While Condit was not named as an official suspect in the disappearance, Levy's family suspected that Condit was withholding important information about her disappearance. Public interest was high, and Condit's reputation suffered from the contrast between his "pro-family" politics, adultery with a woman younger than his daughter, and his attempts to mislead the police regarding his relationship with her. In July, two months after Levy vanished, Condit agreed to let investigators search his apartment and, hours before the search, police said he was spotted throwing a gift box he had received from another woman into a dumpster in one of Washington's Virginia suburbs. This followed news reports that Condit had had an affair with a flight attendant. Because of the Levy scandal, Condit was portrayed on an episode of South Park, where he was considered responsible for the disappearance of Chandra Levy.
Levy's remains were not found during the extensive search that followed her disappearance, but were discovered accidentally May 22, 2002 in a secluded area of Rock Creek Park in Washington D.C.; the death was declared a homicide.
Condit sued Vanity Fair writer Dominick Dunne in late 2002 for $11 million, claiming that Dunne defamed him by suggesting he ordered Levy killed in 2001. Condit's attorney said that the libel lawsuit was based on comments Dunne repeated on national radio and television programs in December 2001, where he suggested Condit frequented Middle Eastern embassies for sexual activity with prostitutes and, during those times, he made it clear that he wanted someone to get rid of Levy. Condit's attorney said that Dunne's comments "conveyed that Gary Condit was involved in her kidnapping and in her murder, that friends of Gary Condit had her kidnapped, put in an airplane and dropped in the Atlantic Ocean." Dunne paid an undisclosed amount to settle that lawsuit in March 2005. Dunne said he had been "completely hoodwinked" by an unreliable informant. Subsequently, Condit sued Dunne again, charging him with "revivifying" the slander in an appearance on Larry King Live in November 2005. In July 2008 a federal judge dismissed the second lawsuit filed against Dunne.
In July 2006, Condit sued the Sonoran News, a free weekly circular, for defamation of character, after the publication wrote "that Condit was the 'main focus in the Chandra Levy case in 2001, after lying to investigators about his affair with Levy.'" The case was dismissed in July 2007 when the judge ruled that Condit had not proved the statement was false, or that the paper had published it with malice.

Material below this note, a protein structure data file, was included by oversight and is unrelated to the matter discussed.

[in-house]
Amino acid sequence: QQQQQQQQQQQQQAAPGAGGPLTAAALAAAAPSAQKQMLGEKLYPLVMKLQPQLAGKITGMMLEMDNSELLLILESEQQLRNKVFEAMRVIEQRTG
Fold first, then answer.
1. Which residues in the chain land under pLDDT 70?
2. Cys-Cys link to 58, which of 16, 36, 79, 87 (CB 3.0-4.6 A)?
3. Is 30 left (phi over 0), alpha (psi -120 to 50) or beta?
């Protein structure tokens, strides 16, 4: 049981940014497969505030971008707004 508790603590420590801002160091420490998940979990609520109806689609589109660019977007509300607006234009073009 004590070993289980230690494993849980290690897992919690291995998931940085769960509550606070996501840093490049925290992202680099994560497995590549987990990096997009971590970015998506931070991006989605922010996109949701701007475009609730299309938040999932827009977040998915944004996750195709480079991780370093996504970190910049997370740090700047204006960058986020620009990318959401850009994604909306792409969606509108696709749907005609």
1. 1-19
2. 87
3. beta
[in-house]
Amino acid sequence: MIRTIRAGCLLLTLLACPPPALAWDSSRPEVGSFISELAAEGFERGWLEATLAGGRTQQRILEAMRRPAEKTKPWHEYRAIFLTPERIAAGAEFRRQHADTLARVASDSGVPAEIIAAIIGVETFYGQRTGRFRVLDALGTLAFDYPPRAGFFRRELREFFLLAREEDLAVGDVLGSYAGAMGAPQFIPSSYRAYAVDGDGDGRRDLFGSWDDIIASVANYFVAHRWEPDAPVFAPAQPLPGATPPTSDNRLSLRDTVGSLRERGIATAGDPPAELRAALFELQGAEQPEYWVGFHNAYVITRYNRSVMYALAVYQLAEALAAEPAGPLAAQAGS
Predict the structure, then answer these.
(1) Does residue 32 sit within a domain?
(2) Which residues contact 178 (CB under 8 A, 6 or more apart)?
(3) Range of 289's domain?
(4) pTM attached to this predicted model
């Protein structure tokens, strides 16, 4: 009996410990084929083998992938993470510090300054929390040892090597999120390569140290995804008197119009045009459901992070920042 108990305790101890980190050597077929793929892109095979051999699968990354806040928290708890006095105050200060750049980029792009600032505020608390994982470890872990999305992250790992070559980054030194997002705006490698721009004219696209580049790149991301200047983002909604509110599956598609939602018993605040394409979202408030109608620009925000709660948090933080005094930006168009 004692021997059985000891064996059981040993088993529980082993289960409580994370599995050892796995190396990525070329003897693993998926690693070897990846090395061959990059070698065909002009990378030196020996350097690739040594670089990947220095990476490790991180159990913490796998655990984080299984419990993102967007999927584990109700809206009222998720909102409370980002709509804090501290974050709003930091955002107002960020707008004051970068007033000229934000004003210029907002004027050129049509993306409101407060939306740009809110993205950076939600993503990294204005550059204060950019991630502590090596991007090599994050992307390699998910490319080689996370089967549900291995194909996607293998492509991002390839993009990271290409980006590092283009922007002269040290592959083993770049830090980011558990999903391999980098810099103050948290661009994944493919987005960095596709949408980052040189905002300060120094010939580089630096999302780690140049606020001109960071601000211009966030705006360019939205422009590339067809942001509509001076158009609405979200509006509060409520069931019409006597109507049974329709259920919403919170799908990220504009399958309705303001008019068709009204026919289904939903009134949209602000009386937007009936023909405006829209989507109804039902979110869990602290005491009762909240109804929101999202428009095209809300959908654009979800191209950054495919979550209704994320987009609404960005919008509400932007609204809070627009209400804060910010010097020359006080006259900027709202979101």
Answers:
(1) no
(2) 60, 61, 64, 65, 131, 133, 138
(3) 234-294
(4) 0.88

In March 2009, a warrant was issued for the arrest of Ingmar Guandique, an undocumented immigrant from El Salvador who had already been convicted and imprisoned for two other attacks on women in Rock Creek Park. He was subsequently indicted for Levy's murder. On November 22, 2010, Guandique was found guilty of first-degree murder, and was sentenced in February 2011 to 60 years in prison. Condit's lawyer Bert Fields said, "It's a complete vindication but that comes a little late. Who gives him his career back?"
However, on June 4, 2015, D.C. Superior Court Judge Gerald Fisher granted a motion for the retrial of Guandique after it was revealed that the sole witness against him, a jailhouse informant named Armando Morales, had lied about prior jailhouse testimony. Prosecutors dropped all charges against Guandique on July 28, 2016 after an associate of Morales came forward with secret recordings in which he admitted to falsifying testimony about the murder of Chandra Levy. The murder of Chandra Levy therefore remains unsolved.
After his departure from office, Condit moved to Arizona where he operated two Baskin-Robbins ice cream stores with his wife and son. When the franchise failed, Condit was ordered to pay the company $98,000 in a breach of contract proceeding. In 2012, he was reported to be serving as president of the Phoenix Institute of Desert Agriculture, which listed its status as 'Dissolved' in the last corporate filing as of June 4, 2015. He is currently a registered lobbyist with the State of California.
In 2012, Condit's son, Chad, announced his intention to run for the House of Representatives as an independent in California's redrawn 10th congressional district. He lost in the top-two election against incumbent Jeff Denham and Democratic challenger Jose Hernandez. Condit has a daughter, Cadee, who is married to Assemblyman Adam Gray, formerly a Condit aide.
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- Appearances on C-SPAN
|Preceded by |
John E. Thurman
| Member of the California Assembly |
from the 27th district
|U.S. House of Representatives|
|Preceded by |
| Member of the U.S. House of Representatives |
from California's 15th congressional district
|Preceded by |
Richard H. Lehman
| Member of the U.S. House of Representatives |
from California's 18th congressional district
|Party political offices|
|New office|| Chair of the Blue Dog Coalition for Administration |
Served alongside: John S. Tanner (Communications), Nathan Deal, Collin Peterson (Policy)
Robert E. Cramer